Multilingual Skills Assessment Translation Series, Episode 3: Empowering Translators with Translation Technology and Support

Welcome to the third episode of our “Multilingual Skills Assessment Translation Series”. The primary objective of this series is to provide a comprehensive illustration of the complexities inherent in test translation. By doing so, we aim to underscore the immense value derived from establishing a robust linguistic quality assurance design. In this episode our translation technologist prepares the translation files in a computer-assisted translation tool, or CAT tool, and provides support to translators.

Let’s once again take the example of the Chaos Management Skills Assessment (CMSA), a fictional test designed to evaluate consultants’ competencies of in helping companies in damage control situations. This test is administered in 12 languages, building upon the previous cycle of the assessment. In the previous episode we performed a translatability assessment and developed item-by-item translation and adaptation notes to assist translators in their work. Now we face the task of setting them up for success by ensuring that they make the best possible use of translation technology.

Following productive discussions with the client’s platform engineer and our translation technologist, a mutual decision is reached to adopt the widely recognized international standard known as tagged XML localization interchange file format (XLIFF). This standardized format ensures seamless localization of the content. It could have been another structured file format, such as JSON.

Preparation of translation files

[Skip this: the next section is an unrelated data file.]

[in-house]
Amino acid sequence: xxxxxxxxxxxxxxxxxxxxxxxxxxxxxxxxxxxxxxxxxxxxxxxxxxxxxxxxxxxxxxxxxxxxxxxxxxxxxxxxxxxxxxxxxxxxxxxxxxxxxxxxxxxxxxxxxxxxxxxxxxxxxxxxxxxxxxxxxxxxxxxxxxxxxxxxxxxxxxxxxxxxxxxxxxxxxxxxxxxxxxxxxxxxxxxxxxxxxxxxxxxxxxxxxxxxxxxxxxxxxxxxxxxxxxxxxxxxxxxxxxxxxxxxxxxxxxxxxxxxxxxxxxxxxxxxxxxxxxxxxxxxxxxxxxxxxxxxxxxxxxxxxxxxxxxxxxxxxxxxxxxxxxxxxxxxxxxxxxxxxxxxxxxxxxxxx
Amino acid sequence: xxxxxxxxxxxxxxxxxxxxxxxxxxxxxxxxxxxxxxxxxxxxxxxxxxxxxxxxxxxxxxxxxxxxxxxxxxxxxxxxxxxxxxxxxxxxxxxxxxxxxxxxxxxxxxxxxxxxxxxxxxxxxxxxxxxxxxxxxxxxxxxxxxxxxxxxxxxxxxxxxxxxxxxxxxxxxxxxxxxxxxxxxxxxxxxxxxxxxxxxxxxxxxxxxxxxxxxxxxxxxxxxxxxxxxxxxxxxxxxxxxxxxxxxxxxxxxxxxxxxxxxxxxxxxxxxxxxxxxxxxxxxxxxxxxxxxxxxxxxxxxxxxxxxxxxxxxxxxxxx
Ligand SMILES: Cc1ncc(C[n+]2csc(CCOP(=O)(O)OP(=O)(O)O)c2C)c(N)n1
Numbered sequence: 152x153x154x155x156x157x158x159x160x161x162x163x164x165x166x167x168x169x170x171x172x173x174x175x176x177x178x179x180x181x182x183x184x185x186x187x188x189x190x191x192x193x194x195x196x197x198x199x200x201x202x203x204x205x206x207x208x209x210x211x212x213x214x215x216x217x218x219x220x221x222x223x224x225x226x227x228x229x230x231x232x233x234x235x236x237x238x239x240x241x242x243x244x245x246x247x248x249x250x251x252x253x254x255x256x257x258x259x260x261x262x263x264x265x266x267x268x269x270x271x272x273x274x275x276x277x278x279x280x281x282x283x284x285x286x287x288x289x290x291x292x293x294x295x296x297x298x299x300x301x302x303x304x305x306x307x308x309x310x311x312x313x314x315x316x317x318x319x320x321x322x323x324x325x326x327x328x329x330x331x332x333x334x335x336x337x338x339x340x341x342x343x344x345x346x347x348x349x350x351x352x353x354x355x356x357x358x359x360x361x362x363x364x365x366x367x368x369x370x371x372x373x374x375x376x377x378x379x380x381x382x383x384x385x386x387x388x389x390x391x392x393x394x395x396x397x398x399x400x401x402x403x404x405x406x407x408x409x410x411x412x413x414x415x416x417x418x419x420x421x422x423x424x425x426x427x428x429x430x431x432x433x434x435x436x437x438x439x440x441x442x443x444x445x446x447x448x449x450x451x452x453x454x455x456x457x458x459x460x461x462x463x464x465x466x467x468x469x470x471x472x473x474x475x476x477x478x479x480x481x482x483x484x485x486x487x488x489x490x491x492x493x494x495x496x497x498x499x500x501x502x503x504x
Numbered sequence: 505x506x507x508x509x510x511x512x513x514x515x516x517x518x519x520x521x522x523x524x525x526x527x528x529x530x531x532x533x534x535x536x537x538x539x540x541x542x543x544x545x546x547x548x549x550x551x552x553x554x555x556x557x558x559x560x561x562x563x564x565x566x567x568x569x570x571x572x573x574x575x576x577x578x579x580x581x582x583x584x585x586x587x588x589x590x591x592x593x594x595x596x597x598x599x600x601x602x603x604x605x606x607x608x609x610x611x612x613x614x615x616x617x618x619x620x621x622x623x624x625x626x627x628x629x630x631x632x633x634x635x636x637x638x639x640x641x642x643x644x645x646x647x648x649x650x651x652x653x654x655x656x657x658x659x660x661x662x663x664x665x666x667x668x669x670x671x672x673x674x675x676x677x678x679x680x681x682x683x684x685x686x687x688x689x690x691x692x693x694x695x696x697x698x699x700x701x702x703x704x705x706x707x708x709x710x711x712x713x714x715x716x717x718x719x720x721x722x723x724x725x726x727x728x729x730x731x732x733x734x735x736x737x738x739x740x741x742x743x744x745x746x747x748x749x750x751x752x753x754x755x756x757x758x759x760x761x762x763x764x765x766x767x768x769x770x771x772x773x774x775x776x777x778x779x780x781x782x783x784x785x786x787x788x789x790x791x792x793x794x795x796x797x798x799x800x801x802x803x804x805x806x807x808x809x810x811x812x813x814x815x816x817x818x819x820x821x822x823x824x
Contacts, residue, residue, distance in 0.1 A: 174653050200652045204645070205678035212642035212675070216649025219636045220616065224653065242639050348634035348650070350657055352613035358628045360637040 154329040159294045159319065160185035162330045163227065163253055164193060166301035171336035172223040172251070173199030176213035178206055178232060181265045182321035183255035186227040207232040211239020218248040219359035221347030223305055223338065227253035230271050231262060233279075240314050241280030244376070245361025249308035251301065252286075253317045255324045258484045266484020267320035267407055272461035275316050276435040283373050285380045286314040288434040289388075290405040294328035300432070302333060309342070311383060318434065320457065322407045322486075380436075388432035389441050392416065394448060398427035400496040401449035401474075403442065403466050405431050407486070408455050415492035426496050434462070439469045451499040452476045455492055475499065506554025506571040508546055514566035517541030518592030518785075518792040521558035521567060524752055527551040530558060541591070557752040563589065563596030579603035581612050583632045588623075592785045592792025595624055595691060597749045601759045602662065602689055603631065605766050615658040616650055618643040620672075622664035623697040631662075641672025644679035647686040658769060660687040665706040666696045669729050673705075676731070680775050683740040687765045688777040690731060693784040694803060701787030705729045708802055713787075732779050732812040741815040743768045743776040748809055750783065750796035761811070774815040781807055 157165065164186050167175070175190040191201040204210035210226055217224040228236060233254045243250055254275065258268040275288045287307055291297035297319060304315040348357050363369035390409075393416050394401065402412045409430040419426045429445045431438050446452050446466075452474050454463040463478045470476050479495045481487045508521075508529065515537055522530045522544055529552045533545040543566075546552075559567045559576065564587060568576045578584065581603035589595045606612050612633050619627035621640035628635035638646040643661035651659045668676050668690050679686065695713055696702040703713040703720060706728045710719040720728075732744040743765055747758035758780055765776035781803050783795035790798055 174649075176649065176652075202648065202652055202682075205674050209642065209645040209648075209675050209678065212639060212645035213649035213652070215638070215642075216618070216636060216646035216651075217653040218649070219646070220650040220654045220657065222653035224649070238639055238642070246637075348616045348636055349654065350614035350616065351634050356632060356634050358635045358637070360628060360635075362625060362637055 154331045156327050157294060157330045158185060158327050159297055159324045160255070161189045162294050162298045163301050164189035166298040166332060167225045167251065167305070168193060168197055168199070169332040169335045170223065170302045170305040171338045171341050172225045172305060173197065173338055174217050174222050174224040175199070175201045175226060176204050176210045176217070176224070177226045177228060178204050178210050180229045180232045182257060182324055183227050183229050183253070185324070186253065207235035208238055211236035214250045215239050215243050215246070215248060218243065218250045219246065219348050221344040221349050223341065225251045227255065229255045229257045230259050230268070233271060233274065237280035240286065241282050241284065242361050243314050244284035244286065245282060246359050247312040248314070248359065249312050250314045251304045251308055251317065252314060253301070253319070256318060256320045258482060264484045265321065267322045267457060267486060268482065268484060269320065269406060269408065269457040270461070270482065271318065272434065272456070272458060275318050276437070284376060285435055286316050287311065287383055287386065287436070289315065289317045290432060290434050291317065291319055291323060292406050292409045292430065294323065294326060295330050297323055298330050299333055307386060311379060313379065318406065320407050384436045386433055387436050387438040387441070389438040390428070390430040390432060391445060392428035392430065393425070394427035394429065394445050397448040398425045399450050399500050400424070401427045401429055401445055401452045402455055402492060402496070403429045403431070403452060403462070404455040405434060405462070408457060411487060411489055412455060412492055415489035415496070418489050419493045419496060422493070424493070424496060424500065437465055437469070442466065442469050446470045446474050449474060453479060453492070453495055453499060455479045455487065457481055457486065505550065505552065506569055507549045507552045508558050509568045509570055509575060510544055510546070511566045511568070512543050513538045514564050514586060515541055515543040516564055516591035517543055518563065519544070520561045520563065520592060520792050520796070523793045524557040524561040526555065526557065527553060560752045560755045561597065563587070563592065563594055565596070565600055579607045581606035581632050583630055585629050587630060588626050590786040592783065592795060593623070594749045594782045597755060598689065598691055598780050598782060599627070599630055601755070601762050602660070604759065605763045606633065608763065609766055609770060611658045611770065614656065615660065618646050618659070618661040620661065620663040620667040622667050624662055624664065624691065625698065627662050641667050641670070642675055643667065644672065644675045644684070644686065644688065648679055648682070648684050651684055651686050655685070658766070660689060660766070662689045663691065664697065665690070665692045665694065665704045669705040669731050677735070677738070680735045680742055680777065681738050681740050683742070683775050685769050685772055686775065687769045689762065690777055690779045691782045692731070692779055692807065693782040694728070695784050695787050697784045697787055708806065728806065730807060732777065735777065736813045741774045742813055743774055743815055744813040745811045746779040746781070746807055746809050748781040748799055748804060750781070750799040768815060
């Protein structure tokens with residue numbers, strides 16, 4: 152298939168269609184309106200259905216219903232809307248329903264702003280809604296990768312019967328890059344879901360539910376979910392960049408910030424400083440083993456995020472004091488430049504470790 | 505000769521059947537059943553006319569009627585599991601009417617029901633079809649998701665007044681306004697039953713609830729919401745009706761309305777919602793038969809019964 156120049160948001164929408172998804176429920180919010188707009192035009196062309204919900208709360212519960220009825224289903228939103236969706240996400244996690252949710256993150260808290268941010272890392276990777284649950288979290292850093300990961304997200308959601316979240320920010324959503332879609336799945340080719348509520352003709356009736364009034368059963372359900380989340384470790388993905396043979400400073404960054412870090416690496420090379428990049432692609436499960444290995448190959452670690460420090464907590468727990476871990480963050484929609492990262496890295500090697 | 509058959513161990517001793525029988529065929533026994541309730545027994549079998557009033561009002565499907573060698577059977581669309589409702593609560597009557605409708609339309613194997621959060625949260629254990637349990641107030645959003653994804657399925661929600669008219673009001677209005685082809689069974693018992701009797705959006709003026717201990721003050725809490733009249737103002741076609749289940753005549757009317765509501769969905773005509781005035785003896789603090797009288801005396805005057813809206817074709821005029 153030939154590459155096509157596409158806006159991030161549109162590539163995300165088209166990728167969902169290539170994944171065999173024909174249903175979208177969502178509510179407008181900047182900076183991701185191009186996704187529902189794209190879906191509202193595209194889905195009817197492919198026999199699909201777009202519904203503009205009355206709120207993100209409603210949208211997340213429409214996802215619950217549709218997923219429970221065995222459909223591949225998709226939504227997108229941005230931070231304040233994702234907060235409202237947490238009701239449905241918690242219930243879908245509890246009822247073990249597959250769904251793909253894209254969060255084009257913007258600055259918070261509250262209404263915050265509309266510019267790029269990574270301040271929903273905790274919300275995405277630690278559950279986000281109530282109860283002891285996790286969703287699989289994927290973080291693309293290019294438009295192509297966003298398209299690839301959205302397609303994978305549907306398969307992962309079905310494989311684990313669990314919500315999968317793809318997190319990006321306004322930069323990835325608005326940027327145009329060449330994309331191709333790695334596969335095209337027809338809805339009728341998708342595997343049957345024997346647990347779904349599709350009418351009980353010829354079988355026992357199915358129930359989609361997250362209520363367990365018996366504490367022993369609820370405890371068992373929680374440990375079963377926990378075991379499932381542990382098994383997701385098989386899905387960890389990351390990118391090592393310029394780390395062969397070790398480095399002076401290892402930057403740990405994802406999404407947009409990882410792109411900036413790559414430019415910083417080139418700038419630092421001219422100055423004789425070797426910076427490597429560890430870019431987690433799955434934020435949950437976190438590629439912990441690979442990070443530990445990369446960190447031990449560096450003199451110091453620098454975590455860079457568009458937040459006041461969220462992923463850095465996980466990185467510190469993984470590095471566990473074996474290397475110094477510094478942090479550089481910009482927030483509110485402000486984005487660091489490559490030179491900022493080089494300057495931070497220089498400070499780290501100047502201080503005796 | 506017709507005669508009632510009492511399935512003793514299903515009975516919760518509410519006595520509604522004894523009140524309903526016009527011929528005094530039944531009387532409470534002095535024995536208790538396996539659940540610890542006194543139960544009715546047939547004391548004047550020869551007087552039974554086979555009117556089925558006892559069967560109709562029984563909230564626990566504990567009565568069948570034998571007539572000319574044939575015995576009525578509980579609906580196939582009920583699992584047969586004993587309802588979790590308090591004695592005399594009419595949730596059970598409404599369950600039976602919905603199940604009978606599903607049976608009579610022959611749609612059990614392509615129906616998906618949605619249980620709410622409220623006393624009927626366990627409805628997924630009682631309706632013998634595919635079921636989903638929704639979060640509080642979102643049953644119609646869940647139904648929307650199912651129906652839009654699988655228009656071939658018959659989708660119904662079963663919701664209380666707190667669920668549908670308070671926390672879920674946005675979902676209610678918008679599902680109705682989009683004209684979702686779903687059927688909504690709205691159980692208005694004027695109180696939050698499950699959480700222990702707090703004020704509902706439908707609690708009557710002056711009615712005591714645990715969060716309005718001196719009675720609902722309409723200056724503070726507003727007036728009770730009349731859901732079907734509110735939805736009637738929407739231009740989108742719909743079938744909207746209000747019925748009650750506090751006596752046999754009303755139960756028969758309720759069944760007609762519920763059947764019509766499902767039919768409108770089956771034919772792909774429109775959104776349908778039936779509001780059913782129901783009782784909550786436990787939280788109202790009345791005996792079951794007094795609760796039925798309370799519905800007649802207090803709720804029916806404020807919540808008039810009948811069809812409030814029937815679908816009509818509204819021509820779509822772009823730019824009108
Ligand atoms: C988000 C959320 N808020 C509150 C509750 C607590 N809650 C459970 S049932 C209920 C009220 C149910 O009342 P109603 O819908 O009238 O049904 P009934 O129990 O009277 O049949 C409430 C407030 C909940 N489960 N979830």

To empower our translators, we provided them with user-friendly files that were carefully prepared to optimize their efficiency and productivity throughout the translation process.

  • File preparation includes text extraction and segmentation.
  • Extraction is about deciding what parts of the document are translatable and what parts are not.
  • Non-translatable parts are locked or hidden by the translation technologist. These non-translatable parts could be elements that the respondent will not see; or placeholders that stand for graphical items, for example.
  • Segmentation involves splitting the text into small, manageable parts (normally sentences).
  • The less untranslatable content translators are exposed to, the less unnecessary work, and fewer chances for introducing errors.

Support to translators

The translation technologist also prepared a translation kit, which contained language assets such as a glossary and a style guide. Adherence to the glossary and style guide will be checked automatically at the translation verification stage (in the next episode). Additionally, clear instructions and a dedicated helpdesk are made available.

As part of the support to translators, the project manager organized:

  • Short, web-based training sessions that covered the specifics of localizing the CMSA instruments.
  • Instructions for the use of the testing platform (for previews), the CAT tool and other translation technology.
  • Hands-on exercises (which proved to be particularly effective).
  • A ticketing system aimed at maximizing the efficiency of the helpdesk, maintained by two translation technologists (who redirected the question to platform engineers as needed).

In this project, each player did what s/he knew how to do best, and the final result was highly satisfactory.

In the next episode, we shall describe linguistic quality control (LQC) routines that should take place after the translation process and before production stage. There is no high-quality test translation without a robust quality assurance design!


Meanwhile, if you’d like to learn about translation technology and support to translators, do fill the Contact form, and we’ll get back to you as soon as we can.